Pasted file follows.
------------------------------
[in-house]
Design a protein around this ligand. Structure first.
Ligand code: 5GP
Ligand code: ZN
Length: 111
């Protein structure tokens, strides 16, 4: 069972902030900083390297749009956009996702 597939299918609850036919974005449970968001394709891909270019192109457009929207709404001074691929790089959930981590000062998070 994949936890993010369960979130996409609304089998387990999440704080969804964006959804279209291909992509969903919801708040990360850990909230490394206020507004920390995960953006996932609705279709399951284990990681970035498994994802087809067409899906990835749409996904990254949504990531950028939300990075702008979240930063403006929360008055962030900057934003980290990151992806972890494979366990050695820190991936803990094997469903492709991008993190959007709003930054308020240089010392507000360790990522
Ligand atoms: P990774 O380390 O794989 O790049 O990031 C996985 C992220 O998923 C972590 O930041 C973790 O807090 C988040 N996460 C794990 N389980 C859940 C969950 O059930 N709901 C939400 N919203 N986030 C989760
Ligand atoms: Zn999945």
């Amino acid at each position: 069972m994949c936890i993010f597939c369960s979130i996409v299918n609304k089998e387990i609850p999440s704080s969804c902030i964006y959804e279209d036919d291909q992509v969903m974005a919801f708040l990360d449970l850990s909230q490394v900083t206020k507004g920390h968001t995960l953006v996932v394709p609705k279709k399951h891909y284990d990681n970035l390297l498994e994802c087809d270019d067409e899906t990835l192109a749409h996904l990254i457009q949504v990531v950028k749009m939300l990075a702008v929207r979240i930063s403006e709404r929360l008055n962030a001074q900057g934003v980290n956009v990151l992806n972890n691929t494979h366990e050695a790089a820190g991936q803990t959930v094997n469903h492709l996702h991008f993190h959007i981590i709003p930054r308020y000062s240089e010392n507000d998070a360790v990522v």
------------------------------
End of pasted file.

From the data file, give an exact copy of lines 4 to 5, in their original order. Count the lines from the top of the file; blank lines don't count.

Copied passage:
Ligand code: ZN
Length: 111